Super Video Graphics Array or Ultra Video Graphics Array, almost always abbreviated to Super VGA, Ultra VGA or just SVGA or UVGA is a broad term that covers a wide range of computer display standards.
Originally, it was an extension to the VGA standard first released by IBM in 1987. Unlike VGA—a purely IBM-defined standard—Super VGA was never formally defined. The closest to an “official” definition was in the VBEextensions defined by the Video Electronics Standards Association (VESA), an open consortium set up to promote interoperability and define standards. In this document, there was simply a footnote stating that “The term ‘Super VGA’ is used in this document for a graphics display controller implementing any superset of the standard IBM VGA display adapter.” When used as a resolution specification, in contrast to VGA or XGA for example, the term SVGA normally refers to a resolution of 800 × 600 pixels.
Though Super VGA cards appeared in the same year as VGA (1987), it wasn’t until 1989 that a standard for programming Super VGA modes was defined by VESA. In that first version, it defined support for (but did not require) a maximum resolution of 800 × 600 4-bit pixels. Each pixel could therefore be any of 16 different colours. It was quickly extended to 1024 × 768 8-bit pixels, and well beyond that in the following years.
Although the number of colours is defined in the VBE specification, this is irrelevant when referring to Super VGAmonitors as (in contrast to the old CGA and EGA standards) the interface between the video card and the VGA or Super VGA monitor uses simple analog voltages to indicate the desired colour. In consequence, so far as the monitor is concerned, there is no theoretical limit to the number of different colours that can be displayed. Note that this applies to any VGA or Super VGA monitor.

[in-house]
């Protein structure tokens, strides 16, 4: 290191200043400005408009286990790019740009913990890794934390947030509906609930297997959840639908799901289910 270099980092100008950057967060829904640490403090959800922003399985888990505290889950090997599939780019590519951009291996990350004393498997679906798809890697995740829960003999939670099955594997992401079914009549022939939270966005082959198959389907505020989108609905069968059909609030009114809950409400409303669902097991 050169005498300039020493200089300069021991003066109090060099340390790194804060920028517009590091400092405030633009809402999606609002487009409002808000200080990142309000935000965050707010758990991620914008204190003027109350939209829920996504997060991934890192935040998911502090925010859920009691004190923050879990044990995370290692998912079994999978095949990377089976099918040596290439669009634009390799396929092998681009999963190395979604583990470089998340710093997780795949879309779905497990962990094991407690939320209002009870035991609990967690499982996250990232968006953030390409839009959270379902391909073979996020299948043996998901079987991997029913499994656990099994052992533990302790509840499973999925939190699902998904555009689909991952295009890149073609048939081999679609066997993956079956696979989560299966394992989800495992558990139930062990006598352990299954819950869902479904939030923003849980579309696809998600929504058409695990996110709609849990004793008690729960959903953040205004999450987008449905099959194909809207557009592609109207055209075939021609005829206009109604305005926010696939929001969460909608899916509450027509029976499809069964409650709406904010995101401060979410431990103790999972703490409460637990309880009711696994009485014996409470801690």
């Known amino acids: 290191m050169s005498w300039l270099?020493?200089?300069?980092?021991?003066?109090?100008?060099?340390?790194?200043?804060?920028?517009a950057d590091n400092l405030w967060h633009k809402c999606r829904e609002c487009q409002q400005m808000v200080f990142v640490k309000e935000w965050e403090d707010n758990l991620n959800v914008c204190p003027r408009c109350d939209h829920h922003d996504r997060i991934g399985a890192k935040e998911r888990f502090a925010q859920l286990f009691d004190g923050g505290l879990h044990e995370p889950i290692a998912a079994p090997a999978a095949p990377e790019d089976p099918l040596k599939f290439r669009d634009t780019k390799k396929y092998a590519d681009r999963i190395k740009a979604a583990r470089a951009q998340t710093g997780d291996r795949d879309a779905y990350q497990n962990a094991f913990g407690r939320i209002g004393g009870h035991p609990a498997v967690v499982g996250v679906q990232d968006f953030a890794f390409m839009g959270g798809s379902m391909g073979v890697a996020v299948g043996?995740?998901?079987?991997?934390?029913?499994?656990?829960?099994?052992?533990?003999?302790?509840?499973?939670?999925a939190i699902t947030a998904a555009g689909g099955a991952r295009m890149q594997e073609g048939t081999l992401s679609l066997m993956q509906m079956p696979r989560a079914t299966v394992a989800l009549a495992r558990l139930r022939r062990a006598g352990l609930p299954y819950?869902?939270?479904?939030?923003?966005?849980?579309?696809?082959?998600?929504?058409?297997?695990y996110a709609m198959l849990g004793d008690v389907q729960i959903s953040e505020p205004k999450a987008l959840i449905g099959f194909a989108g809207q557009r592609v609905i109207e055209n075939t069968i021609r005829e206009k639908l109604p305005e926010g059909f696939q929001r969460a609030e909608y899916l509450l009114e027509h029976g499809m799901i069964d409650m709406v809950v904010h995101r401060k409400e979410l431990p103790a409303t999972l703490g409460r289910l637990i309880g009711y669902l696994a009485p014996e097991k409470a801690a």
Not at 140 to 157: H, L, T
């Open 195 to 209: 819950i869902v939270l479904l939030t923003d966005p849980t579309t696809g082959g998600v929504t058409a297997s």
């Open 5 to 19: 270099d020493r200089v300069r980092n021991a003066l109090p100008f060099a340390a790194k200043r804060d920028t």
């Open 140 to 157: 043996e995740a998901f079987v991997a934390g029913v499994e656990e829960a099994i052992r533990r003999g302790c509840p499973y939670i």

While the output of a VGA or Super VGA video card is analog, the internal calculations the card performs in order to arrive at these output voltages are entirely digital. To increase the number of colours a Super VGA display system can reproduce, no change at all is needed for the monitor, but the video card needs to handle much larger numbers and may well need to be redesigned from scratch. Even so, the leading graphics chip vendors were producing parts for high-colour video cards within just a few months of Super VGA’s introduction.
On paper, the original Super VGA was to be succeeded by Super XGA, but in practice the industry soon abandoned the attempt to provide a unique name for each higher display standard, and almost all display systems made between the late 1990s and the early 2000s are classed as Super VGA.
Monitor manufacturers sometimes advertise their products as XGA or Super XGA. In practice this means little, since all Super VGA monitors manufactured since the later 1990s have been capable of at least XGA and usually considerably higher performance.
SVGA uses a VGA connector, the same DE-15 (a.k.a. HD-15) as the original standard.